I’ve just picked up the second book in the Machineries of Empire series, Raven Stratagem, almost a year after finishing Ninefox Gambit. I needed the long break because Ninefox Gambit is heavy, and even though the ending sets up for the next book, I still needed a break. That being said, I knew I would be back for more, because Ninefox Gambit was so good.
The plot follows young and promising soldier Cheris. When Cheris breaks the rules in a forbidden-yet-clever way (more on this later), she is punished by her superiors with a dangerous assignment: her body is chosen to play host to the ghost (or spirit, or something) of long-dead General Shuos Jedao. Jedao’s expertise is needed to reclaim the Fortress of Scattered Needles from heretics.
Let’s get into the details via the Scale:
Not offensive to women = 1/1 pt
This book is about war, and there is plenty of violence to go around, but author Yoon Ha Lee skips the gratuitous displays often seen in other representations of war. The Fortress of Scattered Needles is actually a planet-sized space station, and it has the population of a planet as well. Meanwhile, Cheris/Jedao have an army at their disposal. Many, many, many people die over the events of the book, and Lee brings home the horror of war in both large and small scope, from showing us the personalities and individuality of the soldiers and civilians, to the powerful moment when a character realizes his team is the only group of people alive in a district that used to house thousands. Rape victims are treated with respect, not as a fallback to prove the grittiness of the situation.
Features a woman as the main protagonist and/or supporting character = 2/2 pts; Passes the Bechdel-Wallace test = 3/3 pts
This is a sci-fi novel set in the far future, and it is completely gender-equal. Cheris is the main character, and also acts as the audience stand-in. As a soldier, she understands the world she’s in, but is thrust into a situation beyond her experience. She has to learn to trust her skills while not even being sure if she can trust the voice in her head.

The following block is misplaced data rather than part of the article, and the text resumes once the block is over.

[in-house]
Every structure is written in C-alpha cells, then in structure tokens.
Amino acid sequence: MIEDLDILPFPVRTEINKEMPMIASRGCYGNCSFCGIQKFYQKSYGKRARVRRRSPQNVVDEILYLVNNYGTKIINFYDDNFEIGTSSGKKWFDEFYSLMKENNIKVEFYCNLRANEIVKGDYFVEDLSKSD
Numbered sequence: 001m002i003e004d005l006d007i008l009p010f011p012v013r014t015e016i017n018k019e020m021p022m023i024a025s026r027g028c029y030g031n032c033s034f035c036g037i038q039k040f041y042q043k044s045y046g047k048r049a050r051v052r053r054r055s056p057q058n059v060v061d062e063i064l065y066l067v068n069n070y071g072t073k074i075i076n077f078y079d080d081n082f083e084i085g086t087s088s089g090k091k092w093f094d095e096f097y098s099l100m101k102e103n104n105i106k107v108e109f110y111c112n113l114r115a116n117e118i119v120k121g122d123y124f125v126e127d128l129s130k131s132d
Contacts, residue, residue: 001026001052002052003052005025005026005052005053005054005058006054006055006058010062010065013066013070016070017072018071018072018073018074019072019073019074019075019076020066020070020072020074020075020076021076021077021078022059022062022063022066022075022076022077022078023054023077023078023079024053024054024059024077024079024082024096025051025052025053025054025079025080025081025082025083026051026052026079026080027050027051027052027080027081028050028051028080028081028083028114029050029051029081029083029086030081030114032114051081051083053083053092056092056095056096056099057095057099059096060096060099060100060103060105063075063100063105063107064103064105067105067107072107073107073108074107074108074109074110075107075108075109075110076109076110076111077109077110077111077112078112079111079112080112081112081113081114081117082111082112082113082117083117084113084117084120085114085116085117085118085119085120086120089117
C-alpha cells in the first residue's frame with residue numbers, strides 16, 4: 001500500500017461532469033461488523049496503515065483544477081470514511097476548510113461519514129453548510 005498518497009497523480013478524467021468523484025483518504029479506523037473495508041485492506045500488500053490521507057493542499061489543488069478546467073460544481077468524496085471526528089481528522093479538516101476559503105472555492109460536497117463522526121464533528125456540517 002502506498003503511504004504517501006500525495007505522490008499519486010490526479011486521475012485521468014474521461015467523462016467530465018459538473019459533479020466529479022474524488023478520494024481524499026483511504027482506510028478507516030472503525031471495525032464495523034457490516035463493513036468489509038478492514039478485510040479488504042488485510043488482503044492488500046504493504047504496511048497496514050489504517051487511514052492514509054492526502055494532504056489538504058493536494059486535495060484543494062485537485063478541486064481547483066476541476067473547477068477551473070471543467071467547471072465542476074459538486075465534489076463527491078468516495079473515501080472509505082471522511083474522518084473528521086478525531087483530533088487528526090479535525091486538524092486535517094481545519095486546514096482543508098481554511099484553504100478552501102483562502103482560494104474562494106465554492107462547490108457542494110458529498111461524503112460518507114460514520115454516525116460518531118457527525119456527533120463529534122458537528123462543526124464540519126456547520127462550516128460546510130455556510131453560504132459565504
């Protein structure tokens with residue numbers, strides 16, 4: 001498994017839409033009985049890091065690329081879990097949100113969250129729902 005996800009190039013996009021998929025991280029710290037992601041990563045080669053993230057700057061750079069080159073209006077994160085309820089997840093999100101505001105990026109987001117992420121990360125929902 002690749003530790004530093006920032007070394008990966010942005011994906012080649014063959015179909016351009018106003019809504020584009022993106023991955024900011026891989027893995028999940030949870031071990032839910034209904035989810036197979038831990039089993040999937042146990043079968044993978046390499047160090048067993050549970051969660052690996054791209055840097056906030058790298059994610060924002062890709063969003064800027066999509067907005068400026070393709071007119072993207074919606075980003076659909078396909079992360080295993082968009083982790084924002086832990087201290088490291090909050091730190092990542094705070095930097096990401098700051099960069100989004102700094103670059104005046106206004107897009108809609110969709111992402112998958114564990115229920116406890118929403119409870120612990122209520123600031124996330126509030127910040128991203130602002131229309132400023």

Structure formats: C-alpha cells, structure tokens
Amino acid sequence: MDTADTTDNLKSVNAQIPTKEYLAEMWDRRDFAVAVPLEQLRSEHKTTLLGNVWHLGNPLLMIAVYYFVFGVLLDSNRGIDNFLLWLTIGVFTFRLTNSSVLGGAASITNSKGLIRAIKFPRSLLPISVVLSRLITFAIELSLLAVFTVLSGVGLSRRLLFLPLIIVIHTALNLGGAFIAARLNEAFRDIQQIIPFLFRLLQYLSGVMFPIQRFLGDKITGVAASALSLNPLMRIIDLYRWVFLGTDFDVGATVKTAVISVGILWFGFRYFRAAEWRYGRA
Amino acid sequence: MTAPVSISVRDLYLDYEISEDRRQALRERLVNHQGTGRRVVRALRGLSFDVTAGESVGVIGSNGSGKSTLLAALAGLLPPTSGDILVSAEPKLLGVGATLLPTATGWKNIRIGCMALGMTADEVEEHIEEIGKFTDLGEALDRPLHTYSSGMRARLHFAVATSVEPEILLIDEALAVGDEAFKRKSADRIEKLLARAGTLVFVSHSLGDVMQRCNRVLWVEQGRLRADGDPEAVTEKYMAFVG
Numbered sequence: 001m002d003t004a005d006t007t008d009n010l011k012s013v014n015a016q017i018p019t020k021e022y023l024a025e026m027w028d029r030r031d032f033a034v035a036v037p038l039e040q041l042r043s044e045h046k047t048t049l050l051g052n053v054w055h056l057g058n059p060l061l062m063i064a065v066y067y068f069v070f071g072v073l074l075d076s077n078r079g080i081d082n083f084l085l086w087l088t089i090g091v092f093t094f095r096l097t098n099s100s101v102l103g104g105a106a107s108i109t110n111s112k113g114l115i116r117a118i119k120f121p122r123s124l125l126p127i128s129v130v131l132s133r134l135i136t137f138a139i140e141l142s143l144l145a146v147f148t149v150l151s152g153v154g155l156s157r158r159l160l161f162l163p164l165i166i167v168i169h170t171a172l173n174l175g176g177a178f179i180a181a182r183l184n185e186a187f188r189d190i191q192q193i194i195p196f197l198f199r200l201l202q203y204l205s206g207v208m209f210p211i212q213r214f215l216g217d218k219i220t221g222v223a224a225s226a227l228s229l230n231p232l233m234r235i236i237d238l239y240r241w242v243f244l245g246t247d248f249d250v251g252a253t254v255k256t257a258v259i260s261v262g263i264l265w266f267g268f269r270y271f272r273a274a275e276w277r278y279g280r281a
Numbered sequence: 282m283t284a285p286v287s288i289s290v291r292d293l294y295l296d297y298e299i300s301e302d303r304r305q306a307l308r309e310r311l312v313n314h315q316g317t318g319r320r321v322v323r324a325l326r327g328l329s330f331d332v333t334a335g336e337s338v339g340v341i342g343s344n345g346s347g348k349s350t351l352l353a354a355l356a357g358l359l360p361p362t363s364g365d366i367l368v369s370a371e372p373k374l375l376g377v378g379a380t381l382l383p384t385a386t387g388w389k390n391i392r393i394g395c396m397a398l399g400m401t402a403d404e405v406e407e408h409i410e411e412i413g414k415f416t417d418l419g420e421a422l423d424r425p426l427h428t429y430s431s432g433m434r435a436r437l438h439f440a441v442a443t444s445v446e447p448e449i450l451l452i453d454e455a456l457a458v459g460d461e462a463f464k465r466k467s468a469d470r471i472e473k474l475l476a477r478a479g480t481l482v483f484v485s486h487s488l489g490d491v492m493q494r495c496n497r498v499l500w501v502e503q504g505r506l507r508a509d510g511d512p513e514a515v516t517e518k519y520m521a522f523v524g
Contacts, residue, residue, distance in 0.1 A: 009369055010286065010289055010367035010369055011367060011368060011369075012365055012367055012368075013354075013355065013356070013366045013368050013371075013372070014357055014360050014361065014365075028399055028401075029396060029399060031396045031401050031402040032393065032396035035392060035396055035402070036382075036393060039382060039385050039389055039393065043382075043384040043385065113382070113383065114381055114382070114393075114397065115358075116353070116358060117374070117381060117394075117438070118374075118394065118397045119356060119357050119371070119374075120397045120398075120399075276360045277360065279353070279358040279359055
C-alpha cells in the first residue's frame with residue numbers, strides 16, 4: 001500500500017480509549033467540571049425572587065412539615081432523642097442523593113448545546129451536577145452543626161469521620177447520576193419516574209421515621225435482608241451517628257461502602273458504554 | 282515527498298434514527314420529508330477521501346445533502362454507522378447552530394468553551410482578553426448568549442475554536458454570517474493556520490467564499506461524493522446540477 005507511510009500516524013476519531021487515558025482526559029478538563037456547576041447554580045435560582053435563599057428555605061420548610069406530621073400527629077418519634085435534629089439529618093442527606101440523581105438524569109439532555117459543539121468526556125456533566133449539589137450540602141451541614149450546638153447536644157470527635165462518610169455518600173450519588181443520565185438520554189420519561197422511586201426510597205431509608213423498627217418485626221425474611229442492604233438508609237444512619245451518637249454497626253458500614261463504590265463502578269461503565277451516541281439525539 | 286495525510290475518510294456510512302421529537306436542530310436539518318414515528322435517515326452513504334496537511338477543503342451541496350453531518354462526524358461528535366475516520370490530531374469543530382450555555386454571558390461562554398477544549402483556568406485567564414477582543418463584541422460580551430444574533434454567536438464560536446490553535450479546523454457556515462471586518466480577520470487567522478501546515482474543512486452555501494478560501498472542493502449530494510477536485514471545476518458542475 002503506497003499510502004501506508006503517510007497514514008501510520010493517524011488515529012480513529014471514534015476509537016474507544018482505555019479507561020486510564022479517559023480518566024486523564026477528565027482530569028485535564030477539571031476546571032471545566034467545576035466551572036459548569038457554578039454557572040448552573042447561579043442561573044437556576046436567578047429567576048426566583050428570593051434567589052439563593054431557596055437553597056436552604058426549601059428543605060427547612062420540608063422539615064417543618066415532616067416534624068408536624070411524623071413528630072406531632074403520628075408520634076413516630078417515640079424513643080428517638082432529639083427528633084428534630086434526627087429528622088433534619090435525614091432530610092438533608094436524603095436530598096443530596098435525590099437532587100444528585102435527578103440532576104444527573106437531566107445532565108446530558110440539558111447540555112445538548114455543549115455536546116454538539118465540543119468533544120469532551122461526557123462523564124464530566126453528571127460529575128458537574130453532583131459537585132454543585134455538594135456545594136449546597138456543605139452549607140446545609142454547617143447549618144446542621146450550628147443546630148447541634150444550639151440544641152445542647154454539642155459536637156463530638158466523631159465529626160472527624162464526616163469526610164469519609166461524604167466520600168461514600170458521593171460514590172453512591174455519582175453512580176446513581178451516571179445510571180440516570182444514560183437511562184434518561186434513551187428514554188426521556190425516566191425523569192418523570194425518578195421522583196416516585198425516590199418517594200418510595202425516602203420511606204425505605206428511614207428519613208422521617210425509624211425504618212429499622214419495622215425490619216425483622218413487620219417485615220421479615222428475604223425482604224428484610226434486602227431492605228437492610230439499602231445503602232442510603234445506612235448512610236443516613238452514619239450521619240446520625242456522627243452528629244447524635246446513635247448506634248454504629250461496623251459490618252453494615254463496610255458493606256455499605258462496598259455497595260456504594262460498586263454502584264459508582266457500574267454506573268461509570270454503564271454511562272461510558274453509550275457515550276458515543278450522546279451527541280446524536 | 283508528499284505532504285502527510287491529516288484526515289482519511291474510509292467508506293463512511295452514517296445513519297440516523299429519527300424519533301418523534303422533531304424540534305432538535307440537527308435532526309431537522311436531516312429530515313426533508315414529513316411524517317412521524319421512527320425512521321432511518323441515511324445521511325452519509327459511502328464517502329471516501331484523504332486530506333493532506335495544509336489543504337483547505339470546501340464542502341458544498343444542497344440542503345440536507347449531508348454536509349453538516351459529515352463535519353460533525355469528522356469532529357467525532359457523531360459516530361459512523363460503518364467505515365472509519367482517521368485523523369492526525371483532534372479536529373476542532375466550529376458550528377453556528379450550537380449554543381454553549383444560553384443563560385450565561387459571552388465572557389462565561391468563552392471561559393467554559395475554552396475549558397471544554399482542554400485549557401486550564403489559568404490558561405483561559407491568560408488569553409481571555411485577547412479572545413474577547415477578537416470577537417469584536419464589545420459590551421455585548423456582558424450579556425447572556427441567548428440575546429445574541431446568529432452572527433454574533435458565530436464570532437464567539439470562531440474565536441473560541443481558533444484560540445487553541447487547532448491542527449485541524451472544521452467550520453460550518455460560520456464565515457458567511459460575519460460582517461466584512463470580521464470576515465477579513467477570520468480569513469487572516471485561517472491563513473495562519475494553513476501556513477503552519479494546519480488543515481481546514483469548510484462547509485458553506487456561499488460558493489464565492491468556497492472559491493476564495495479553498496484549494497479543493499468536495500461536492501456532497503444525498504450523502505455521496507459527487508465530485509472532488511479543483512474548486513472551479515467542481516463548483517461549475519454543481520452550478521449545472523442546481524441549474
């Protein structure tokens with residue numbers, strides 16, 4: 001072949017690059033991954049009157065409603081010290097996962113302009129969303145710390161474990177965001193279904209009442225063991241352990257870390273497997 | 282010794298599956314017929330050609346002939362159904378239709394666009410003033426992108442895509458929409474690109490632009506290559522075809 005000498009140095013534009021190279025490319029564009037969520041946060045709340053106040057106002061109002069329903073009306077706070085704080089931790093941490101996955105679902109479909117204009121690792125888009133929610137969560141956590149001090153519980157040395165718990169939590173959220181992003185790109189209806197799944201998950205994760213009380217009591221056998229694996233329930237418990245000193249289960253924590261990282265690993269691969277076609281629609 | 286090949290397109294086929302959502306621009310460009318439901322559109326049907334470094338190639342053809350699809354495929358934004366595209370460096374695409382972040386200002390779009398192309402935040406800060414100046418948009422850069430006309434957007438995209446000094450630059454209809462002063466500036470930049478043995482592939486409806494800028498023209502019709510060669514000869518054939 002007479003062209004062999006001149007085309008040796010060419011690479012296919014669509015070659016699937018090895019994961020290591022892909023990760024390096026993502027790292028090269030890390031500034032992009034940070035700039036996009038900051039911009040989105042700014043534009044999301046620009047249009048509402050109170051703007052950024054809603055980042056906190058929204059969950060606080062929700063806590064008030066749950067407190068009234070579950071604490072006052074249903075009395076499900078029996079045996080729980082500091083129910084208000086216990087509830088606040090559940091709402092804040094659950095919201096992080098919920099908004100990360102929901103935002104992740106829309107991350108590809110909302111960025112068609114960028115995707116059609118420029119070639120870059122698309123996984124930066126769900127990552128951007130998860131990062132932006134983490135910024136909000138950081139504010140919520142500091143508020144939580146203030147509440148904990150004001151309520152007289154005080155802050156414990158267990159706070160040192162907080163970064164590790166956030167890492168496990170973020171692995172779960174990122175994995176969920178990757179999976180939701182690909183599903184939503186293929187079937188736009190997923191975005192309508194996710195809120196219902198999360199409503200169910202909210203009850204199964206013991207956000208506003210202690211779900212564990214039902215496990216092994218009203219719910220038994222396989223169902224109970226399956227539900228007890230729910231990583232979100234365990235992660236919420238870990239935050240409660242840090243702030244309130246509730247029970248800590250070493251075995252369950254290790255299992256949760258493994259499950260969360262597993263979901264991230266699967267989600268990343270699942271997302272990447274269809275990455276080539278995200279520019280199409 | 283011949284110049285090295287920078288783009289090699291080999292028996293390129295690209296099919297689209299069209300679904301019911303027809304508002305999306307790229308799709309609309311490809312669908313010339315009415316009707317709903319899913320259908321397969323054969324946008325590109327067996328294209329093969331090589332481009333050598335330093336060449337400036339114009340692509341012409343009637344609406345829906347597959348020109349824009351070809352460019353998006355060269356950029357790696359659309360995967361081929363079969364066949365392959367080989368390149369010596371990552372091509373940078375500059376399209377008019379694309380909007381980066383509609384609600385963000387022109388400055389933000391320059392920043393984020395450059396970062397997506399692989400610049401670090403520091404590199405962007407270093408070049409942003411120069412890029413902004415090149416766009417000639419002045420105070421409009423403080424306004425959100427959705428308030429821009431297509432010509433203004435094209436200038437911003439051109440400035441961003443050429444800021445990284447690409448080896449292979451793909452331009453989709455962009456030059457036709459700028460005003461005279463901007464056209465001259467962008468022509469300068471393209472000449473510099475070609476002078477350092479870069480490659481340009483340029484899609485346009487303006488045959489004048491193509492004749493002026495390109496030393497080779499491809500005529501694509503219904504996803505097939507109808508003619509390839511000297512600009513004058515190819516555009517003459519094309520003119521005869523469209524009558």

She deals most intimately with Jedao, of course, since their minds are sharing her body. But the book passes the Bechdel-Wallace test, as well as similar tests for race and LGBT+ rep, easily and many times as Cheris interacts with her superiors, equals, and subordinates. Women characters are distinctive: they have different motivations, are good and evil and brave and cowardly, and are given just as much screentime as male characters.
Artistic and/or Entertaining = 4/4 pts
Given that I just said I had to take a long break before picking up the next book, I can’t say that Ninefox Gambit is “entertaining” in a light-hearted way. But it sucks you in. This is partially through the details. The world-building is rich and layered. There’s no better example of this than the magic system. Built on the belief in a 6-integer mathematical calendar, the magic system powers everything from weapons to spaceships. “Heretics” are people who use a different mathematical system, like one with 7 integers, for example. Lack of belief in the 6-integer calendar on the Fortress of Scattered Needles has led to a “rot” which is upsetting the magic system in other parts of the solar system. (Math nerds, don’t think too hard about it.) Though the book is science fiction, the idea of belief powering magic isn’t new to fantasy readers.
Jedao is our other main character, and the slow revelation of what made him turn on the Empire is another mystery that kept me sucked in. Could he be trusted? Would he betray Cheris in the end, too?
Above and Beyond General Media = 5/5 pts
Not much to say here, the book gets an easy full points, mostly for the diversity I mentioned above. Also, for the painful but respectful way war was portrayed. There is a lot of war in science fiction and fantasy, but not all of it is done well. Yoon Ha Lee showed us the tragedy of dying at the hand of an uncaring Empire, while still being respectful of those on all sides of the battle.
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